The Lumière brothers, Auguste and Louis, whose name aptly means "light" in English, ran a sucessful photography business before perfecting the moving image by tinkering with Edison's Kinetograph. Their invention, the Cinematographe, was an all-purpose camera that filmed, developed and projected moving pictures all from the same box.
Workers Leaving The Lumière Factory was the first commercial movie. Created by the Lumière brothers in 1895, it was screened as the first in a series of 10 short films at the Salon Indien du Grand Café in Paris, and marked the first time admission was charged for a movie screening.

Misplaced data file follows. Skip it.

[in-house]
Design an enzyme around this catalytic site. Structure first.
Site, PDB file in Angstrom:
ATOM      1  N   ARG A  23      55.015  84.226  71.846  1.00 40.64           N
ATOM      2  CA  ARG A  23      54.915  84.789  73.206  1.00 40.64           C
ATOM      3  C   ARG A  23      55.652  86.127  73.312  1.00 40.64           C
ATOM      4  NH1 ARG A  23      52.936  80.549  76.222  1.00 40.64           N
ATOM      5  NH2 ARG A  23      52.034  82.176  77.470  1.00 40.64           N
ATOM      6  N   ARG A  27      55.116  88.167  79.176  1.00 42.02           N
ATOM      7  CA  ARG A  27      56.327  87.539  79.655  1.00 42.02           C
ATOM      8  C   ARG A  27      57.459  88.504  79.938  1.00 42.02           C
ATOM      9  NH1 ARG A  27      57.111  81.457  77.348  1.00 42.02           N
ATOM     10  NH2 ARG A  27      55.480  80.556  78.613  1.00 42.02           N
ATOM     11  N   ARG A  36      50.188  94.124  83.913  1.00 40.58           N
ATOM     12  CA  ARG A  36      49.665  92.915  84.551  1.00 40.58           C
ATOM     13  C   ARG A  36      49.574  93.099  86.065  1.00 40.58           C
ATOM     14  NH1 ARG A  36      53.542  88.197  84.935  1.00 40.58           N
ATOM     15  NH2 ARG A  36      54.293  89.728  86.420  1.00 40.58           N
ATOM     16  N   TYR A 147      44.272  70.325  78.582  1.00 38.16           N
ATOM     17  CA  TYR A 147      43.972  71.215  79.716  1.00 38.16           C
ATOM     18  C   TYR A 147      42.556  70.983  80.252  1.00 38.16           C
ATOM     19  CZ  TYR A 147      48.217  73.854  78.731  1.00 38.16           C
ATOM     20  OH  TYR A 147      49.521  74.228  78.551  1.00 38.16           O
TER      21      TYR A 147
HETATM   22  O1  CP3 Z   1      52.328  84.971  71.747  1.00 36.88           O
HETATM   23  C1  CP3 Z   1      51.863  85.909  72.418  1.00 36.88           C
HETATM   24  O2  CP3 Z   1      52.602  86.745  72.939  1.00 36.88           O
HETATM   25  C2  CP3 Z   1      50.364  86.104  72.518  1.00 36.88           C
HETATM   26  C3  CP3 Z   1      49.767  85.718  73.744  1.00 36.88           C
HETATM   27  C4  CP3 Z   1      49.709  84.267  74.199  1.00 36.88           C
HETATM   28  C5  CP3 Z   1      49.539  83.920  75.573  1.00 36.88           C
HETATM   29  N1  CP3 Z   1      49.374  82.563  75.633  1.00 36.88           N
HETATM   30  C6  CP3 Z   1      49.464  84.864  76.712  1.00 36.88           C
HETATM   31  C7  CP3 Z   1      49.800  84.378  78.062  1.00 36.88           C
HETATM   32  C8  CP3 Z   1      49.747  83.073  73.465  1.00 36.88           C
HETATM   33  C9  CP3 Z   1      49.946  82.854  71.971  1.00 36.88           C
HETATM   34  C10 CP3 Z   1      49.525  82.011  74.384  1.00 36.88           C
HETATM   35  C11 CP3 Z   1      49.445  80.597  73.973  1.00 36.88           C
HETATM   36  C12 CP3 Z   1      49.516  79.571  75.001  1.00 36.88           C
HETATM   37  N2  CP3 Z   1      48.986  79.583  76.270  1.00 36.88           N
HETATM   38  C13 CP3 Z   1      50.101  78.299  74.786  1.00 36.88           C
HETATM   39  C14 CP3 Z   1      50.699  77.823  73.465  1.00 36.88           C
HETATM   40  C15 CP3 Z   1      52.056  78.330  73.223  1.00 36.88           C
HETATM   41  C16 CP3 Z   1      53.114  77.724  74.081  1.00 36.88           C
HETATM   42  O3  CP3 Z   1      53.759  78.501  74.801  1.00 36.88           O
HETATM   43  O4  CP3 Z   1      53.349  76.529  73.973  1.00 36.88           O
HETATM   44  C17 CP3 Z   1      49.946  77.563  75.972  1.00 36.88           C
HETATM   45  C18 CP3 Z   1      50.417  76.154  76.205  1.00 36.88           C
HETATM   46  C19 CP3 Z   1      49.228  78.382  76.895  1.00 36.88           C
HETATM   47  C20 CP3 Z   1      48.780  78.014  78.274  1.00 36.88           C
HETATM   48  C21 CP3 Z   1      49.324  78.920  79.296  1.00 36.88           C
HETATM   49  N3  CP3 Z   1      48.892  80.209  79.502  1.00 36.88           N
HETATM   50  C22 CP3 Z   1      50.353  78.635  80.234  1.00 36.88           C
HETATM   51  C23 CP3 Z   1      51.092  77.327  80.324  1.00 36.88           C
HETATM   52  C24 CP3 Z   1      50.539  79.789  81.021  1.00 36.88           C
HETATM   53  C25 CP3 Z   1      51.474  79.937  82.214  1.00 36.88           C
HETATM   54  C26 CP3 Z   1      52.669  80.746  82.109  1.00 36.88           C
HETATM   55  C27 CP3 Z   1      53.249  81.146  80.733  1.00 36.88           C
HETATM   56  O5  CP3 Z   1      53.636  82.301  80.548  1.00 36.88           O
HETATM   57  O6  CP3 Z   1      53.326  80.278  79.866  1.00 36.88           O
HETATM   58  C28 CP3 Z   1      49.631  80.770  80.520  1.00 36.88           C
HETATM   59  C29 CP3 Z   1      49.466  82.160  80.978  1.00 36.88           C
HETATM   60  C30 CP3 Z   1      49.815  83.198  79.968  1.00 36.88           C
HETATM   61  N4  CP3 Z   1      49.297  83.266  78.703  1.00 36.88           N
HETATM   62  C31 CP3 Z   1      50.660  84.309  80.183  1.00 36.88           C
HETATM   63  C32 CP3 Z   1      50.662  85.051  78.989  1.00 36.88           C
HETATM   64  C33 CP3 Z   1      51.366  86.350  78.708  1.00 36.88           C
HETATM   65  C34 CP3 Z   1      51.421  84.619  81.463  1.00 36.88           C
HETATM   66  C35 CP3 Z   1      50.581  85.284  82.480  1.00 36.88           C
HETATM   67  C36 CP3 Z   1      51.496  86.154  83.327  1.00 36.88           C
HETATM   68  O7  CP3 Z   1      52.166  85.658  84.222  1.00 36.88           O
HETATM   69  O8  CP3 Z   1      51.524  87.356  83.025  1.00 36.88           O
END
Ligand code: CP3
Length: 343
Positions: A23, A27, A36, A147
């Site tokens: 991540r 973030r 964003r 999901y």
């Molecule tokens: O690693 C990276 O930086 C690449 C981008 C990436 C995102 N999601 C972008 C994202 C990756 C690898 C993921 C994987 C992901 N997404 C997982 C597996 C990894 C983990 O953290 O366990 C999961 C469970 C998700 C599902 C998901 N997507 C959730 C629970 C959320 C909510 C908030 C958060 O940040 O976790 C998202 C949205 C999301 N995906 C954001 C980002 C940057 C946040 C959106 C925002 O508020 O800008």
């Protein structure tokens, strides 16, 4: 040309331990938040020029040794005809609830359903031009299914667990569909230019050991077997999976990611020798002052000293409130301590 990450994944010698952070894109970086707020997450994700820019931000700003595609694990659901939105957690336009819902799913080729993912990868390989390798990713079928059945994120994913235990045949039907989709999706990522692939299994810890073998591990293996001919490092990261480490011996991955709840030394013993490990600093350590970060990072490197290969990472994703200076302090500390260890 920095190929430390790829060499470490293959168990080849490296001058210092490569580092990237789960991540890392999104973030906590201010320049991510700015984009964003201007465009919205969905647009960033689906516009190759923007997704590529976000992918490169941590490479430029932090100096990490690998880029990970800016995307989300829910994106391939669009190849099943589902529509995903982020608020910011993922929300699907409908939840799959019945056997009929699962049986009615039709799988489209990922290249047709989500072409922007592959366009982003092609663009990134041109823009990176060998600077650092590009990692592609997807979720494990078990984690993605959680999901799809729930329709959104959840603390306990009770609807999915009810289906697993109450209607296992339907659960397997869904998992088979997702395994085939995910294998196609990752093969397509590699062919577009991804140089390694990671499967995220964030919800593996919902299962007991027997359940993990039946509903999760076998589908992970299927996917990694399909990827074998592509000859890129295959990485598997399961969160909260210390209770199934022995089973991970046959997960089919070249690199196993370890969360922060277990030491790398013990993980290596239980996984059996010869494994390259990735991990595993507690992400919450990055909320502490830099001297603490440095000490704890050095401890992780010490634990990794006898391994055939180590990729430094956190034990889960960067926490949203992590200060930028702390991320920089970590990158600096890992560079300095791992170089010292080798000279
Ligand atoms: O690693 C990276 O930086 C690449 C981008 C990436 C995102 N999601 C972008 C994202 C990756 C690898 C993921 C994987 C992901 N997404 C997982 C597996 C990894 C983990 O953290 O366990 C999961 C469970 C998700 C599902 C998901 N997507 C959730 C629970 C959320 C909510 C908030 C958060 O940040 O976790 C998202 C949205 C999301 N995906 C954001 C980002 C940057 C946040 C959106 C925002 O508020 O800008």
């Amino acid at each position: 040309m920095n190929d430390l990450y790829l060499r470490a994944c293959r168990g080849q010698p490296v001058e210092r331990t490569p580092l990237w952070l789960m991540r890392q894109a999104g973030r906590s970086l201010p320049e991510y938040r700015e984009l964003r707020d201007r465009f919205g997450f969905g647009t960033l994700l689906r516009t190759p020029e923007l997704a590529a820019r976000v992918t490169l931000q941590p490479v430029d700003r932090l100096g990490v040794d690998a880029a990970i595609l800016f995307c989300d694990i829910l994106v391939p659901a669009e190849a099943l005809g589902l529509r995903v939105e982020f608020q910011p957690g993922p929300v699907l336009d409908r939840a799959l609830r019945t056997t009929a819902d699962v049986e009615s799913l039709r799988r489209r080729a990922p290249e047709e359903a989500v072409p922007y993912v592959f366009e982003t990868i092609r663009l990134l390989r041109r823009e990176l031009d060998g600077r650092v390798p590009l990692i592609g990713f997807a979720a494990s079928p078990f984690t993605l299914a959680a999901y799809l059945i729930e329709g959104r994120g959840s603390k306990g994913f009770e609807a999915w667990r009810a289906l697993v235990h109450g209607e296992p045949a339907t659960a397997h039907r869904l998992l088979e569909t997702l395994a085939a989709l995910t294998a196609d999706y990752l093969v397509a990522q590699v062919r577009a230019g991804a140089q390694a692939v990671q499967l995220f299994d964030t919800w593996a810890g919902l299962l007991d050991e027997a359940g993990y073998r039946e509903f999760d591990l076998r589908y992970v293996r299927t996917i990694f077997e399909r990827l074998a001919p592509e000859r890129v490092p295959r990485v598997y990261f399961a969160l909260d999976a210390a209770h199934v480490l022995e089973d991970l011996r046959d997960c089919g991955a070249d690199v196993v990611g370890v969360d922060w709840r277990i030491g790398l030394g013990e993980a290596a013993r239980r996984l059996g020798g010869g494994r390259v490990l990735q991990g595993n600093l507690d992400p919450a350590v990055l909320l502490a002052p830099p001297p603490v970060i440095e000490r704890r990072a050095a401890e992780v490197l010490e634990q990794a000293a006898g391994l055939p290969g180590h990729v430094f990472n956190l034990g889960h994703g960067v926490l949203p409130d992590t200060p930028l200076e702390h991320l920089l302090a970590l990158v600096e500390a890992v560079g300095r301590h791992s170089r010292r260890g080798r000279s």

Obtained from http://www.institut-lumiere.org/francais/films/1seance/accueil.html
Here's A Trick on the Gardener
The Lumière's 1895 The Arrival of a Train at La Ciotat had the power to astonish. People completely unused to the moving image were quite dismayed and legend goes that the audience hid behind their seats and ran to the back of the theatre. What I like about this and other 19th and early 20th century films is the slice of life offered.These folks aren't in costume - that's how they dressed!
And one more from (SeppukuEntertainment)
The Baby's Breakfast